The tendency on the part of security forces and the political classes to justify (directly or indirectly) the killing of terror suspects is not rare in this country. The latest controversy over the killing of eight Students' Islamic Movement of India (SIMI) activists, and the government’s subsequent defence of the police action, therefore just furnishes more evidence of this same disturbing mindset. The SIMI activists, accused of committing acts of terror, were killed within hours of breaking out of the Bhopal Central Jail this Monday.
A series of videos which surfaced later, however, showed the police gunning down – at close range – men, who were apparently unarmed. In the wake of the controversy over the encounter, the responses of the Madhya Pradesh Chief Minister Shivraj Singh Chouhan, as well as heads of security agencies, have once again raised serious questions about our commitment to the principles underlying the criminal justice system.
First of all, even if these men were terrorists – and we must not forget that they were undertrials – there is simply no law mandating the cold-blooded killing of suspects or even of convicted criminals. “We should be clear that the killing of escaped detainees who had not retaliated, and by several accounts appear to have been unarmed, should not be an action which is legally open to the police force and cannot be justified,” writes Kunal Ambasta in a column in The Indian Express (November 3).
Not complying with these basic tenets of the criminal justice system in itself is a punishable offence. The violators must face judicial action if they transgress the law. Unfortunately, the authorities in charge – whether in state or central government, or heading crucial security agencies – seem to propagate a different system of justice: one that is of their own making.
For instance, here’s how Sanjeev Shami, Madhya Pradesh's anti-terror squad chief, views the killings: “It is well settled in law when police can use force and take life. These men were dreaded criminals. If the police sees the possibility that such men can escape, they can use maximum force.” In a similar vein, Chief Minister Chouhan criticised those raising questions about the incident following the video revelations. Not just that, Chouhan also announced cash rewards for the policemen involved in the killing.
While more than one inquiry has been ordered to look at the circumstances making possible the jailbreak, the issue of probing the killings has been left solely to the National Human Rights Commission. The central government – on Chouhan’s request – has ordered a National Investigating Agency (NIA) investigation into the jailbreak. The state government is conducting a separate inquiry into the prison’s security lapses.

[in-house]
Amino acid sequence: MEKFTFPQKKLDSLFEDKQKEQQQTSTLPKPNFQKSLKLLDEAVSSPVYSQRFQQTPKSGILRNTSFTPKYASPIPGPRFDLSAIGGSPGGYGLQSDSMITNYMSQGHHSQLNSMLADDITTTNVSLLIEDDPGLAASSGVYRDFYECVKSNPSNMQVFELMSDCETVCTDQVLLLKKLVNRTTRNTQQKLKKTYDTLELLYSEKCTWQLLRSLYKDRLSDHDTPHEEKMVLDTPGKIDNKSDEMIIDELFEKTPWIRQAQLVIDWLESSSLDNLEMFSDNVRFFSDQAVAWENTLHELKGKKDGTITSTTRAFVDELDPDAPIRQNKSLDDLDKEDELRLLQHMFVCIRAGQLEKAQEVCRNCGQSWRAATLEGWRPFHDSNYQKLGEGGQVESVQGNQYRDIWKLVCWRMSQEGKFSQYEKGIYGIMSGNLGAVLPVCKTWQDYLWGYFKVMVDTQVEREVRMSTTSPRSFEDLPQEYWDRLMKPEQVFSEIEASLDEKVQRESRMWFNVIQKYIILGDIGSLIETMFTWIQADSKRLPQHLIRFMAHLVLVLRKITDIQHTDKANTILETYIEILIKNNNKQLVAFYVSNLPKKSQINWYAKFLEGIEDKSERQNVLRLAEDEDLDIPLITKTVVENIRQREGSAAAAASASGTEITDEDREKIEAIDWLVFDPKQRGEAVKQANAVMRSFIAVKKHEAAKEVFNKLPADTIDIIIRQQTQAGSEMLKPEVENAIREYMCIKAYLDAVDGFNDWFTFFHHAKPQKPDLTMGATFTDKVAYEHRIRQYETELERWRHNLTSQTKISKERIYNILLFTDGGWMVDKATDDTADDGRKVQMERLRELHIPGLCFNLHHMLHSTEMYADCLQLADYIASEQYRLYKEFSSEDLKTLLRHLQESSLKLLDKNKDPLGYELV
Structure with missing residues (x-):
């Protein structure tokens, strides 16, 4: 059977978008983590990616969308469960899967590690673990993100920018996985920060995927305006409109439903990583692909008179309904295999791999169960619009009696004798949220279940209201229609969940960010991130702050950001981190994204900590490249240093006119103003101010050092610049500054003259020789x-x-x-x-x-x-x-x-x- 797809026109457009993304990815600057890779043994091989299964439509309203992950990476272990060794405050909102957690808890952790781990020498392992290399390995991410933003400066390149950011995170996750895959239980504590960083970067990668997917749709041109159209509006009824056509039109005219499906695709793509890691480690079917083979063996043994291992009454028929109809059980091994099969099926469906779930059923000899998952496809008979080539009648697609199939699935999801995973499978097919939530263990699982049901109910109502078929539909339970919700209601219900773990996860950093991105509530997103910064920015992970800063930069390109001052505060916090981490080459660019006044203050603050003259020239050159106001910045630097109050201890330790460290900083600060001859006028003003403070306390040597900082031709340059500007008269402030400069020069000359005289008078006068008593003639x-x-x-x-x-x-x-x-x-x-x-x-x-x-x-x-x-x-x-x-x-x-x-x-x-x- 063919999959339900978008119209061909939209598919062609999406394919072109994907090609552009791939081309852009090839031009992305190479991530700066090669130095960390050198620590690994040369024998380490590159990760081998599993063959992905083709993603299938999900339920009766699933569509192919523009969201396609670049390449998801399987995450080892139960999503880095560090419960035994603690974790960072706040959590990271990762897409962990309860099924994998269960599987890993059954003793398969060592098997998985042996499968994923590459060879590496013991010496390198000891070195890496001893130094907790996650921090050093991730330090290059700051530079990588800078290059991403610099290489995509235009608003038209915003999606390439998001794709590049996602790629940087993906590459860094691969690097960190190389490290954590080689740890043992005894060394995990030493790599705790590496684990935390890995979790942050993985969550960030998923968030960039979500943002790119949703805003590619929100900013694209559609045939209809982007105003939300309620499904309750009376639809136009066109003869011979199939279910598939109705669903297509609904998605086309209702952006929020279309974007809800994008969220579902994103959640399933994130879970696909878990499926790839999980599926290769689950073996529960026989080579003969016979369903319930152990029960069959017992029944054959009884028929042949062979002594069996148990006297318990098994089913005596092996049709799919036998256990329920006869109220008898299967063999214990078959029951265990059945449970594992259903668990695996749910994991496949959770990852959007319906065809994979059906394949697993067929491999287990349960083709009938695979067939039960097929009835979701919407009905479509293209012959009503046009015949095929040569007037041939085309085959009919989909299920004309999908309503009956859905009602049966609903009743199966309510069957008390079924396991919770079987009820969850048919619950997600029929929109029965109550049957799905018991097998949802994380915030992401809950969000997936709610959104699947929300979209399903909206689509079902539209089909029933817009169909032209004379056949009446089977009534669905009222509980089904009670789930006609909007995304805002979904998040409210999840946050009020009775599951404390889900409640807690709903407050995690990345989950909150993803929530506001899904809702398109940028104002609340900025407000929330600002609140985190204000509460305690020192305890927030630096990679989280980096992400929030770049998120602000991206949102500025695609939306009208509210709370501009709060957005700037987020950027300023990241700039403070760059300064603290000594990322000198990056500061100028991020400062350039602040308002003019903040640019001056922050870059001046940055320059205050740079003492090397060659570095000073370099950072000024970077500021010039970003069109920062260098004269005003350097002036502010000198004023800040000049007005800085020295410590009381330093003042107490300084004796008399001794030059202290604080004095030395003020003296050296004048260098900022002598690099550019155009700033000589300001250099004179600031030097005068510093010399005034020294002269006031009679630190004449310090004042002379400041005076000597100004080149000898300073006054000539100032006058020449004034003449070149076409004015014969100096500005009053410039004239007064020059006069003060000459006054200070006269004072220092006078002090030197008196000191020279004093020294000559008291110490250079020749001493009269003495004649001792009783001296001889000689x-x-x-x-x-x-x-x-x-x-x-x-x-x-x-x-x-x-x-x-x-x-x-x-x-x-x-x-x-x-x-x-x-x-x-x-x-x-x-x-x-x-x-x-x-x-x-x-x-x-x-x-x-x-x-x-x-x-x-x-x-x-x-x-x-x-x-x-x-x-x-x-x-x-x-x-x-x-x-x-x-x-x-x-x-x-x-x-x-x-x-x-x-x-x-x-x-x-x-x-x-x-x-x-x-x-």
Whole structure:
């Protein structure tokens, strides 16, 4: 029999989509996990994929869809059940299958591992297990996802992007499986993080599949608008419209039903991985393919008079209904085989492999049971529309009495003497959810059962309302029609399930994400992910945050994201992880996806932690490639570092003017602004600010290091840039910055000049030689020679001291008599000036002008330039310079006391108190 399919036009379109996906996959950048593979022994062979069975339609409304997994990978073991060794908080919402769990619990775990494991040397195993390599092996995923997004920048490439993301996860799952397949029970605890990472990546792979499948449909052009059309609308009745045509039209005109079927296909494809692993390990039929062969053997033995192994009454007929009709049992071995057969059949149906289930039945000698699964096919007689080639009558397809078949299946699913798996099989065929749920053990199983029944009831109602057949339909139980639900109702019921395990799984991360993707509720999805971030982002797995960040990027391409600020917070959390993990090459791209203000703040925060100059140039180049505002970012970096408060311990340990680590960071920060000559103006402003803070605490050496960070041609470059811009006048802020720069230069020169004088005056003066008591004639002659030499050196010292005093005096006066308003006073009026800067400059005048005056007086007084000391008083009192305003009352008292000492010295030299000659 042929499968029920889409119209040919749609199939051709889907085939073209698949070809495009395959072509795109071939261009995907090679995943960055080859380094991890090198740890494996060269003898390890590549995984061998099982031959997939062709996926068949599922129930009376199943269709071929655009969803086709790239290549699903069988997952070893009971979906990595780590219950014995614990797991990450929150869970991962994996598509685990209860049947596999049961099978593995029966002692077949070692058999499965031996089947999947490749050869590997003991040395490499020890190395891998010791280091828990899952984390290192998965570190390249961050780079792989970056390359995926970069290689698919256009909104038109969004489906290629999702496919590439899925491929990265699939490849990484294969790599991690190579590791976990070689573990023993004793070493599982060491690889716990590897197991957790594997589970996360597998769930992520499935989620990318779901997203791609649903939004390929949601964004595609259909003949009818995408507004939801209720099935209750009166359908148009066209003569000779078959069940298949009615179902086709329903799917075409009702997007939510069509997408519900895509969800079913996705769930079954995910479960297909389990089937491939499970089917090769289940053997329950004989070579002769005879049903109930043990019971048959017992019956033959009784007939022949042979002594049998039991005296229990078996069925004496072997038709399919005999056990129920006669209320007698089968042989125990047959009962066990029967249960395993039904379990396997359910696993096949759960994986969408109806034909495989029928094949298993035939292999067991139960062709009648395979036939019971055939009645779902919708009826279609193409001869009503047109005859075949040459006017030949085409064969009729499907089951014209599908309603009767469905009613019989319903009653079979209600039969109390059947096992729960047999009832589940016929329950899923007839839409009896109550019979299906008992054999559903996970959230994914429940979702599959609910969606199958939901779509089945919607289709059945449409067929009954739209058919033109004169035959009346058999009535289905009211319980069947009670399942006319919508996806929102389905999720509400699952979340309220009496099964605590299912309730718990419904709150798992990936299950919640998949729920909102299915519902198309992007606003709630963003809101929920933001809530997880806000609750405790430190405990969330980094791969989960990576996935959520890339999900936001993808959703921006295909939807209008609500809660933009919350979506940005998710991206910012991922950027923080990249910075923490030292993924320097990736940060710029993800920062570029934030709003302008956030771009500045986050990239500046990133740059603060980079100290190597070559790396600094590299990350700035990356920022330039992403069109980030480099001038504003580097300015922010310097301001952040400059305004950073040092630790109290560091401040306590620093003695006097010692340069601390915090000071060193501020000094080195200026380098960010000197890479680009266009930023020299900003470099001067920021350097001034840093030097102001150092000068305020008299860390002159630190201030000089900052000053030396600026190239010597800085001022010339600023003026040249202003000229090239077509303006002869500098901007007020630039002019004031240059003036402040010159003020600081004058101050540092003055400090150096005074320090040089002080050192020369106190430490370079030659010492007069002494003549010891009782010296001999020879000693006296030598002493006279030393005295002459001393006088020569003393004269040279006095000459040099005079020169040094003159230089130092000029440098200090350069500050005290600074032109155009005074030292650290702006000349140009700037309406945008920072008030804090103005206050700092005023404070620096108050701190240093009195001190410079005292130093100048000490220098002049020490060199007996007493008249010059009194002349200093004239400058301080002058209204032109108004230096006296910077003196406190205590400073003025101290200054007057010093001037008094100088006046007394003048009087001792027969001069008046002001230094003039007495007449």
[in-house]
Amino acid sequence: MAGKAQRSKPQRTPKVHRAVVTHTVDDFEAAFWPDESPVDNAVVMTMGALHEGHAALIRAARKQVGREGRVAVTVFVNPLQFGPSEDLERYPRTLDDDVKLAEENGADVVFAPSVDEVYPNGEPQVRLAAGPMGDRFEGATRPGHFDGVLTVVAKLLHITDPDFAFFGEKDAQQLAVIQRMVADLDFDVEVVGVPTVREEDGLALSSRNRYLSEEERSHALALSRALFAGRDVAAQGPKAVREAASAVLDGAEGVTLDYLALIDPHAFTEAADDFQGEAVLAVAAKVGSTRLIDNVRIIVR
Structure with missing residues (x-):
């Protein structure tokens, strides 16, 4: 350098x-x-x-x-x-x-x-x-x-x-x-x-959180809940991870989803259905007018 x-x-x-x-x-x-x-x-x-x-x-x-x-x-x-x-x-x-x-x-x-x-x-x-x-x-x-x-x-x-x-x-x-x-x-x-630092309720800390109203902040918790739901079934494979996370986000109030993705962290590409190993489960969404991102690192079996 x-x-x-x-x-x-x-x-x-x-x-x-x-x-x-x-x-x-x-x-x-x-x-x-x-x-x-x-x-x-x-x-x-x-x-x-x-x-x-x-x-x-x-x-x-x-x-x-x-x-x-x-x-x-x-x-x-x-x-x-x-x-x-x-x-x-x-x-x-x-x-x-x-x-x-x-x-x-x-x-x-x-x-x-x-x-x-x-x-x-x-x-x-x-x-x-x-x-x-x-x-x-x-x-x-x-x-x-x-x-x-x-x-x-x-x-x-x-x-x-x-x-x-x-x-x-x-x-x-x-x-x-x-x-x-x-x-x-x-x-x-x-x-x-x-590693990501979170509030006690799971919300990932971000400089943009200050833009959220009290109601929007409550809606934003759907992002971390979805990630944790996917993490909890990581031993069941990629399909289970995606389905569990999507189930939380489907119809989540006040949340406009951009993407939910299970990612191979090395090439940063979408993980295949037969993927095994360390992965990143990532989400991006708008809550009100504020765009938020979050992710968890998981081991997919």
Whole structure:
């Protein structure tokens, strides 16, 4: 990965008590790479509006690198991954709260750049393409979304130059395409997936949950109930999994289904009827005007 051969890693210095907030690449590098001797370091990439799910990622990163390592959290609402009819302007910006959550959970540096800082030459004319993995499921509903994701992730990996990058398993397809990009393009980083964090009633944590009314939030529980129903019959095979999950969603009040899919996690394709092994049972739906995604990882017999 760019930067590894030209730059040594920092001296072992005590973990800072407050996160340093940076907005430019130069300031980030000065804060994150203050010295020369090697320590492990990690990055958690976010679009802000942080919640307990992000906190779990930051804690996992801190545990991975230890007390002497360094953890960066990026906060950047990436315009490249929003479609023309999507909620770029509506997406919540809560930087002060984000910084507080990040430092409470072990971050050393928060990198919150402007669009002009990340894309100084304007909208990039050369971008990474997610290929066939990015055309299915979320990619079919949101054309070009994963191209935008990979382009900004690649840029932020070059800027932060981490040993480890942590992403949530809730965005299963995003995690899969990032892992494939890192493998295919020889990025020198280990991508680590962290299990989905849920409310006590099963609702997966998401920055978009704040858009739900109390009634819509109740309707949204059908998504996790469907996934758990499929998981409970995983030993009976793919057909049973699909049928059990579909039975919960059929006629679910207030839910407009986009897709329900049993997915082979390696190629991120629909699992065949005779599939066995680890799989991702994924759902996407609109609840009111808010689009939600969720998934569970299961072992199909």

No doubt, security mechanisms at the prison must be examined and the gaps therein must be bridged. But equally, the killings themselves must be probed, especially in view of the disturbing videos as well as the dubious track-record of security forces in such encounters. How else will the state ensure the principles of natural justice? The proclivity to brand all such disquieting questions as ‘anti–national’ or ‘anti–security force’ is nothing but counter-productive.
The stated or unstated assumption that terrorists, when they can be arrested alive, can be killed without attracting judicial flak, does not sit well with India’s claims of being a modern and civilised nation. Let’s consider, for instance, the remarks made by Minister of State for Home Kiren Rijiju in this context. “We should stop this habit of raising doubts and questioning the authorities and the police. This is not a good culture. What we are observing in India is that people have developed this habit of raising unnecessary doubts and questions,” the Minister said.
The “habit” referred to by the Minister has developed because of the background framing it, spanning the many human rights violations by security forces. Recall in this context earlier this year’s Supreme Court’s verdict on fake encounters in Manipur under the Armed Forces Special Powers Act (AFSPA). Following a petition by the Extra Judicial Execution Victim Families Association (EEVFAM), to look into 1,528 fake encounters in Manipur, the court said that over 1,500 cases of alleged fake encounters in Manipur, spanning two decades, “must be investigated.”
Clearly, there is always more than meets the eye in such cases. When civil society and human rights organisations raise questions over these encounters, they must be heeded. Rather than blindly endorse actions of security forces, the state must fulfill one of its primary duties, ie ensuring that no one is free to disregard the law in such matters.